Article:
1) In low light raising ISO, (as high as acceptably possible), careful metering off the most important element of the primary subject (essentially spot metering - one needs to understand how a meter measures and how your settings will affect the remaining image). Elevating the ISO and careful metering will go a long way to maximize the highest usable shutter speed. Even one stop difference in shutter speed goes a long way in minimizing camera shake.

    2) Her #1 Elbows In, is correct. Always, always tuck in your elbows. Now only tuck but dig in so that you upper arms are flexed and tight (not straining the muscles but comfortably tight). Grip the the camera tightly, if you have an Eye Level Viewfinder use it and press the camera tightly against the nose and forehead. You have now created a closed triangle between camera/head, upper arms/chest and lower arms. Two of the three intersecting points of this triangle are braced against another element (head and chest). Shooting between breaths is useful for very slow shutter speeds and as squeezing the shutter release, (as opposed to thumping/punching the button). Get a feel to where the release point is for the shutter and depress the button near that point so all you need is a slight "squeeze" to release the shutter.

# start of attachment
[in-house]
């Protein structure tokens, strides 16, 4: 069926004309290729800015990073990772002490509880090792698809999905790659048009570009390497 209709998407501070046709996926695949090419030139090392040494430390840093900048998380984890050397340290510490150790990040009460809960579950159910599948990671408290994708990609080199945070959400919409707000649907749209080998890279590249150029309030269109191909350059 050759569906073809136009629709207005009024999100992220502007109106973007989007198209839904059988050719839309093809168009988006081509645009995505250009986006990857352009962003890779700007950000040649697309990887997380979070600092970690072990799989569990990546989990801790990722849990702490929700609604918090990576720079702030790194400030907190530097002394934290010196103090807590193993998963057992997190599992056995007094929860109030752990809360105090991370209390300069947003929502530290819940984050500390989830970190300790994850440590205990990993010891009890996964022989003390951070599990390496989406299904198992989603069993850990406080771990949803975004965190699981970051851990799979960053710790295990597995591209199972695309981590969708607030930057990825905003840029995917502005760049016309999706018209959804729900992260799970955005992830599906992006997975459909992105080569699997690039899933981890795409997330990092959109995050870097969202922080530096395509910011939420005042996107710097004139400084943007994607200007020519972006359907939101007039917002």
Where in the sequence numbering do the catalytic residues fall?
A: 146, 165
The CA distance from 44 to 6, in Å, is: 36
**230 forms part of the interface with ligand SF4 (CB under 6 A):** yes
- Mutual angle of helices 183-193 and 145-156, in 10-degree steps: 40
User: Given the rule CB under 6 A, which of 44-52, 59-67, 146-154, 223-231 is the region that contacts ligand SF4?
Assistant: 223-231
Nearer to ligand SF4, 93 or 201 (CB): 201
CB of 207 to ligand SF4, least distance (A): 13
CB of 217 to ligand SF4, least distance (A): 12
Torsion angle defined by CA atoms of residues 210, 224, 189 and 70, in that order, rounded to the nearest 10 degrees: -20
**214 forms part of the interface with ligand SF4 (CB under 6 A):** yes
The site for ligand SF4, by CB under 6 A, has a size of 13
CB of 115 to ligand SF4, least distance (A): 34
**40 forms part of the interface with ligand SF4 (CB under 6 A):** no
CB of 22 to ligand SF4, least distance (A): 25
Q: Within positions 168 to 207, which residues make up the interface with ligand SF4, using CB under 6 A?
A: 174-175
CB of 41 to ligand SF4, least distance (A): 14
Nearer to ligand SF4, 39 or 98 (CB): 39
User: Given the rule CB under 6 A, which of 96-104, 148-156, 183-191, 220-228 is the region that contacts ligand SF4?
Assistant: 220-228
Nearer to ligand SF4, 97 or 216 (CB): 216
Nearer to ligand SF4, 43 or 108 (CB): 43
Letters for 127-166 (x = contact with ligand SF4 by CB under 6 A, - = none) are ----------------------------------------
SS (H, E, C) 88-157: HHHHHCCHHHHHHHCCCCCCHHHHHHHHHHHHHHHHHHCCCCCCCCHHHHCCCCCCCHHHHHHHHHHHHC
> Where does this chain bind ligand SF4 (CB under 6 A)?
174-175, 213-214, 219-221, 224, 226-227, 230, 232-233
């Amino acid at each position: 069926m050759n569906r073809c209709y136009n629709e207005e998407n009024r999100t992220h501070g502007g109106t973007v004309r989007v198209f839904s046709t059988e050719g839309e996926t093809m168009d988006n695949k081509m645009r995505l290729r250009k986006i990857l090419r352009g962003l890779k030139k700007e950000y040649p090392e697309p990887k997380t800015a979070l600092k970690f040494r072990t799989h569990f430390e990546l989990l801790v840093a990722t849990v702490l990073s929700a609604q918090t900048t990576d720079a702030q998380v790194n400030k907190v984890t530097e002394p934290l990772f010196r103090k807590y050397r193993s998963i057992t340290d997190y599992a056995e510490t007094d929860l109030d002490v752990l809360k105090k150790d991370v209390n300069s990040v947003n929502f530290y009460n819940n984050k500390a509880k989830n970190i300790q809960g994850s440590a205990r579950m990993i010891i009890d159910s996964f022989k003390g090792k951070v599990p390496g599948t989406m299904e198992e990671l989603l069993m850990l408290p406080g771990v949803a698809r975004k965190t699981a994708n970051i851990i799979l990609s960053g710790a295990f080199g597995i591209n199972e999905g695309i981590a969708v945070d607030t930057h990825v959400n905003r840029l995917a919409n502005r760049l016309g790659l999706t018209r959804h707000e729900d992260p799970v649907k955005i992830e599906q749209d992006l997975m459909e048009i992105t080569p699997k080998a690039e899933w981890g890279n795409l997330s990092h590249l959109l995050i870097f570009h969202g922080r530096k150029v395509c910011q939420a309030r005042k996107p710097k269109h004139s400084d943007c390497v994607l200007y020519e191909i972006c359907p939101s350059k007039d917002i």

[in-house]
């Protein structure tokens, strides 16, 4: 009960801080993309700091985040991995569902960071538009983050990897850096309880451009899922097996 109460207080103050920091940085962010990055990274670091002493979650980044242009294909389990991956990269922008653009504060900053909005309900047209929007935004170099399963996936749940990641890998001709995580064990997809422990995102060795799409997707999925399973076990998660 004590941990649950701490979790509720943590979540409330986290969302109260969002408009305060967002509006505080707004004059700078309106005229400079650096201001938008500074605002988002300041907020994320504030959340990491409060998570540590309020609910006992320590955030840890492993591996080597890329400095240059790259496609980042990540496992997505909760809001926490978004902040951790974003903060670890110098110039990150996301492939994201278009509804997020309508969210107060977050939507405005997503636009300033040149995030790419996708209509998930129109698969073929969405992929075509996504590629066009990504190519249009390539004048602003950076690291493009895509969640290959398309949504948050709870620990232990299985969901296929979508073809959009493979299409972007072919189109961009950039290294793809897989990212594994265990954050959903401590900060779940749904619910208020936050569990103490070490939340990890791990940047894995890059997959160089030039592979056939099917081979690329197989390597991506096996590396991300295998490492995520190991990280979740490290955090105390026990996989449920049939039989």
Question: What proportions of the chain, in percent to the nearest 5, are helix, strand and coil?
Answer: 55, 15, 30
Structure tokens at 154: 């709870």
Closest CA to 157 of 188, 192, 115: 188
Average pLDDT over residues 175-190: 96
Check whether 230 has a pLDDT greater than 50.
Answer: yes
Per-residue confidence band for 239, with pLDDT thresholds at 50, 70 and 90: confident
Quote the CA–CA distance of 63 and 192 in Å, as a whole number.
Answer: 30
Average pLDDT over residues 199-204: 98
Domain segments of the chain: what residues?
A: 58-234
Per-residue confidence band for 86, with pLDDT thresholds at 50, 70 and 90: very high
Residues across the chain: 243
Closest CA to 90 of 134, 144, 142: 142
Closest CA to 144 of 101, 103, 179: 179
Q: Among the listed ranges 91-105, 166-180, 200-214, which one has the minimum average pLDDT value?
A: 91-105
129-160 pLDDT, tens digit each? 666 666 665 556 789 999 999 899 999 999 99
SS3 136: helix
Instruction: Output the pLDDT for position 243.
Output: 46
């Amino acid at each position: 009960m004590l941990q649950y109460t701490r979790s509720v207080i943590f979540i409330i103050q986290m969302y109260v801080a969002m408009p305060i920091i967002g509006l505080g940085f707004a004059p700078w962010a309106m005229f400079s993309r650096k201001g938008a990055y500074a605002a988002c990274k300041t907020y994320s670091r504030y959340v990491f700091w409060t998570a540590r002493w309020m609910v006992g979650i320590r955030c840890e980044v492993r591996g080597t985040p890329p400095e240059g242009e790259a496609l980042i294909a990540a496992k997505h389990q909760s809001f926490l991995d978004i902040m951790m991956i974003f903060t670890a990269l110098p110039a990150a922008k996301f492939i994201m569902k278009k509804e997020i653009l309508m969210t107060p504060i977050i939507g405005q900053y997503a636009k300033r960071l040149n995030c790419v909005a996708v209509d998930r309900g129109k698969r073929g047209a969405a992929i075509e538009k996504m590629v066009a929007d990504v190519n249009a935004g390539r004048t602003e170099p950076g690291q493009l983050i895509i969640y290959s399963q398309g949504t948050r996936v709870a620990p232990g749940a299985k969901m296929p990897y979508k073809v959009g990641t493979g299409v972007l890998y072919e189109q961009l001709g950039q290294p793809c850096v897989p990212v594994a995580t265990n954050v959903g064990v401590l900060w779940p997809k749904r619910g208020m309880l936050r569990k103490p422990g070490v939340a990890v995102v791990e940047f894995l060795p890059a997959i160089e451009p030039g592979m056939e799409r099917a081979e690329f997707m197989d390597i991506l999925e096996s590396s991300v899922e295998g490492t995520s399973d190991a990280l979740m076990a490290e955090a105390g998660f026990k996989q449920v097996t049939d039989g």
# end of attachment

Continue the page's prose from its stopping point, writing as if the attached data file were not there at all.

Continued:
Look at her feet, they are together. Never shoot with your feet together. Spread them out abound hip wide so your are comfortable yet stable.